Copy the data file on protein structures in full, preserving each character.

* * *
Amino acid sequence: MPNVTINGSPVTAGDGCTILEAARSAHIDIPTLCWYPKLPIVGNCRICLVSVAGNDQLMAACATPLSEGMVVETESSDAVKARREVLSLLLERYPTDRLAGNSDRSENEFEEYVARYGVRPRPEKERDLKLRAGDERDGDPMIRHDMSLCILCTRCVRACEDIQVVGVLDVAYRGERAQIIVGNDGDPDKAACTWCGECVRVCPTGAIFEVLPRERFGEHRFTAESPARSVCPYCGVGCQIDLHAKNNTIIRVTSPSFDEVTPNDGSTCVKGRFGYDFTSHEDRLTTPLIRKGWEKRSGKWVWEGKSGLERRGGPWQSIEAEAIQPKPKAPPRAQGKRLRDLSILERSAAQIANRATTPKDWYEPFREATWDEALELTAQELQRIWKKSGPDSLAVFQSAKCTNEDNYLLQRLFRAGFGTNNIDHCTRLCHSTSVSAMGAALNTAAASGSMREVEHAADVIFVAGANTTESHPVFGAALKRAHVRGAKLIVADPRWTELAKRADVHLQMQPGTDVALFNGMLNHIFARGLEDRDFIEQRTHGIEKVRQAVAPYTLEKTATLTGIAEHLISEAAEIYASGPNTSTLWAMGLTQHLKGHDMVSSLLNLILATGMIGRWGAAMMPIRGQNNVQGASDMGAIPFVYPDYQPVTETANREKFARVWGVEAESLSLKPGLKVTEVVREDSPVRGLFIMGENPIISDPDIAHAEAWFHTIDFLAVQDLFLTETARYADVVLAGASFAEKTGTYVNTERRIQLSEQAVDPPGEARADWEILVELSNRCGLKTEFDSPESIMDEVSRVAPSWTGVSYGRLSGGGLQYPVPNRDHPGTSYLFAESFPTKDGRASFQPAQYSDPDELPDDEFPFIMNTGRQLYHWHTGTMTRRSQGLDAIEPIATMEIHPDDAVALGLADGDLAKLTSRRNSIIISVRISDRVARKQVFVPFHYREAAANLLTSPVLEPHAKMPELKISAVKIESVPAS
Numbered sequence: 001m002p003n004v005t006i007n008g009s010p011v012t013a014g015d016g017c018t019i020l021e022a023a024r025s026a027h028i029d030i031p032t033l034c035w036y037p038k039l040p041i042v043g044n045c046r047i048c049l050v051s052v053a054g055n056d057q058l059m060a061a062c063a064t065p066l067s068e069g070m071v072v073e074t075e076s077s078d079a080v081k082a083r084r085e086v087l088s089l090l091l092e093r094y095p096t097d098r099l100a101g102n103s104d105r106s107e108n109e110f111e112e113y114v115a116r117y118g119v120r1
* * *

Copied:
Amino acid sequence: MPNVTINGSPVTAGDGCTILEAARSAHIDIPTLCWYPKLPIVGNCRICLVSVAGNDQLMAACATPLSEGMVVETESSDAVKARREVLSLLLERYPTDRLAGNSDRSENEFEEYVARYGVRPRPEKERDLKLRAGDERDGDPMIRHDMSLCILCTRCVRACEDIQVVGVLDVAYRGERAQIIVGNDGDPDKAACTWCGECVRVCPTGAIFEVLPRERFGEHRFTAESPARSVCPYCGVGCQIDLHAKNNTIIRVTSPSFDEVTPNDGSTCVKGRFGYDFTSHEDRLTTPLIRKGWEKRSGKWVWEGKSGLERRGGPWQSIEAEAIQPKPKAPPRAQGKRLRDLSILERSAAQIANRATTPKDWYEPFREATWDEALELTAQELQRIWKKSGPDSLAVFQSAKCTNEDNYLLQRLFRAGFGTNNIDHCTRLCHSTSVSAMGAALNTAAASGSMREVEHAADVIFVAGANTTESHPVFGAALKRAHVRGAKLIVADPRWTELAKRADVHLQMQPGTDVALFNGMLNHIFARGLEDRDFIEQRTHGIEKVRQAVAPYTLEKTATLTGIAEHLISEAAEIYASGPNTSTLWAMGLTQHLKGHDMVSSLLNLILATGMIGRWGAAMMPIRGQNNVQGASDMGAIPFVYPDYQPVTETANREKFARVWGVEAESLSLKPGLKVTEVVREDSPVRGLFIMGENPIISDPDIAHAEAWFHTIDFLAVQDLFLTETARYADVVLAGASFAEKTGTYVNTERRIQLSEQAVDPPGEARADWEILVELSNRCGLKTEFDSPESIMDEVSRVAPSWTGVSYGRLSGGGLQYPVPNRDHPGTSYLFAESFPTKDGRASFQPAQYSDPDELPDDEFPFIMNTGRQLYHWHTGTMTRRSQGLDAIEPIATMEIHPDDAVALGLADGDLAKLTSRRNSIIISVRISDRVARKQVFVPFHYREAAANLLTSPVLEPHAKMPELKISAVKIESVPAS
Numbered sequence: 001m002p003n004v005t006i007n008g009s010p011v012t013a014g015d016g017c018t019i020l021e022a023a024r025s026a027h028i029d030i031p032t033l034c035w036y037p038k039l040p041i042v043g044n045c046r047i048c049l050v051s052v053a054g055n056d057q058l059m060a061a062c063a064t065p066l067s068e069g070m071v072v073e074t075e076s077s078d079a080v081k082a083r084r085e086v087l088s089l090l091l092e093r094y095p096t097d098r099l100a101g102n103s104d105r106s107e108n109e110f111e112e113y114v115a116r117y118g119v120r1